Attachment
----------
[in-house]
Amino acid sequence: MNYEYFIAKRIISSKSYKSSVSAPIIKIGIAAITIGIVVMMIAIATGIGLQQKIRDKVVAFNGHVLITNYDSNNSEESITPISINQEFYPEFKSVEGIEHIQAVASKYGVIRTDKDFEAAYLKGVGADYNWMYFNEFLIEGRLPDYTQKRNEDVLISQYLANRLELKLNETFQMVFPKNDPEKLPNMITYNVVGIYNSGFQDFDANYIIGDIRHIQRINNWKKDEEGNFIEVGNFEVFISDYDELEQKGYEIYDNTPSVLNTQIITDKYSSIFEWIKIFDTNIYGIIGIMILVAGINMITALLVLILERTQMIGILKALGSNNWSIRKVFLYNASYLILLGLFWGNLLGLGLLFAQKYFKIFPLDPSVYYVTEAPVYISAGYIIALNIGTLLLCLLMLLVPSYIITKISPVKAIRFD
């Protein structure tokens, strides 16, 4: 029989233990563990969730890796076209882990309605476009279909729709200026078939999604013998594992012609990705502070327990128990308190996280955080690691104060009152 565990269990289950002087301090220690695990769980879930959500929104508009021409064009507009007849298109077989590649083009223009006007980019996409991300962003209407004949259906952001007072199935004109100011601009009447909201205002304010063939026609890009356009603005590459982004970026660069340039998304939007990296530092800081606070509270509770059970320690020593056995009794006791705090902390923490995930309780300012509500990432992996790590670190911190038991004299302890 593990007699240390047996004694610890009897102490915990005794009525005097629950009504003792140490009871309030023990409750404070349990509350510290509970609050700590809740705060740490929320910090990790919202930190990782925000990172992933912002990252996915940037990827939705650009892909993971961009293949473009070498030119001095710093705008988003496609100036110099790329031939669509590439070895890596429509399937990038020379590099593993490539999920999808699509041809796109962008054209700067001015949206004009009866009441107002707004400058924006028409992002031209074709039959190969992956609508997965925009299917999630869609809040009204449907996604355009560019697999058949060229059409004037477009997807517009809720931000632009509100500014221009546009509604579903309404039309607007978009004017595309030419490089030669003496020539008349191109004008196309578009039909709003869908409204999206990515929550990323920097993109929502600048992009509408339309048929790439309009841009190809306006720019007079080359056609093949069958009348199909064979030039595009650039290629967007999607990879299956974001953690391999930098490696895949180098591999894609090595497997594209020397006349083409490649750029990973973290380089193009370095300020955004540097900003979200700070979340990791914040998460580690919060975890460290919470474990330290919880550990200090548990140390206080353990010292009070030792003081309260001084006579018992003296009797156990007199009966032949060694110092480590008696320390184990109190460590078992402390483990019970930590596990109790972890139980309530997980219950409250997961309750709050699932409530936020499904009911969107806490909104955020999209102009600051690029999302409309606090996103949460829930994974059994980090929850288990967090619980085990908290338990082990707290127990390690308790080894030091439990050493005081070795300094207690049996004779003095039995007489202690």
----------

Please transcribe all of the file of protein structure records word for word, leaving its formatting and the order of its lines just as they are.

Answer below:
[in-house]
Amino acid sequence: MNYEYFIAKRIISSKSYKSSVSAPIIKIGIAAITIGIVVMMIAIATGIGLQQKIRDKVVAFNGHVLITNYDSNNSEESITPISINQEFYPEFKSVEGIEHIQAVASKYGVIRTDKDFEAAYLKGVGADYNWMYFNEFLIEGRLPDYTQKRNEDVLISQYLANRLELKLNETFQMVFPKNDPEKLPNMITYNVVGIYNSGFQDFDANYIIGDIRHIQRINNWKKDEEGNFIEVGNFEVFISDYDELEQKGYEIYDNTPSVLNTQIITDKYSSIFEWIKIFDTNIYGIIGIMILVAGINMITALLVLILERTQMIGILKALGSNNWSIRKVFLYNASYLILLGLFWGNLLGLGLLFAQKYFKIFPLDPSVYYVTEAPVYISAGYIIALNIGTLLLCLLMLLVPSYIITKISPVKAIRFD
């Protein structure tokens, strides 16, 4: 029989233990563990969730890796076209882990309605476009279909729709200026078939999604013998594992012609990705502070327990128990308190996280955080690691104060009152 565990269990289950002087301090220690695990769980879930959500929104508009021409064009507009007849298109077989590649083009223009006007980019996409991300962003209407004949259906952001007072199935004109100011601009009447909201205002304010063939026609890009356009603005590459982004970026660069340039998304939007990296530092800081606070509270509770059970320690020593056995009794006791705090902390923490995930309780300012509500990432992996790590670190911190038991004299302890 593990007699240390047996004694610890009897102490915990005794009525005097629950009504003792140490009871309030023990409750404070349990509350510290509970609050700590809740705060740490929320910090990790919202930190990782925000990172992933912002990252996915940037990827939705650009892909993971961009293949473009070498030119001095710093705008988003496609100036110099790329031939669509590439070895890596429509399937990038020379590099593993490539999920999808699509041809796109962008054209700067001015949206004009009866009441107002707004400058924006028409992002031209074709039959190969992956609508997965925009299917999630869609809040009204449907996604355009560019697999058949060229059409004037477009997807517009809720931000632009509100500014221009546009509604579903309404039309607007978009004017595309030419490089030669003496020539008349191109004008196309578009039909709003869908409204999206990515929550990323920097993109929502600048992009509408339309048929790439309009841009190809306006720019007079080359056609093949069958009348199909064979030039595009650039290629967007999607990879299956974001953690391999930098490696895949180098591999894609090595497997594209020397006349083409490649750029990973973290380089193009370095300020955004540097900003979200700070979340990791914040998460580690919060975890460290919470474990330290919880550990200090548990140390206080353990010292009070030792003081309260001084006579018992003296009797156990007199009966032949060694110092480590008696320390184990109190460590078992402390483990019970930590596990109790972890139980309530997980219950409250997961309750709050699932409530936020499904009911969107806490909104955020999209102009600051690029999302409309606090996103949460829930994974059994980090929850288990967090619980085990908290338990082990707290127990390690308790080894030091439990050493005081070795300094207690049996004779003095039995007489202690």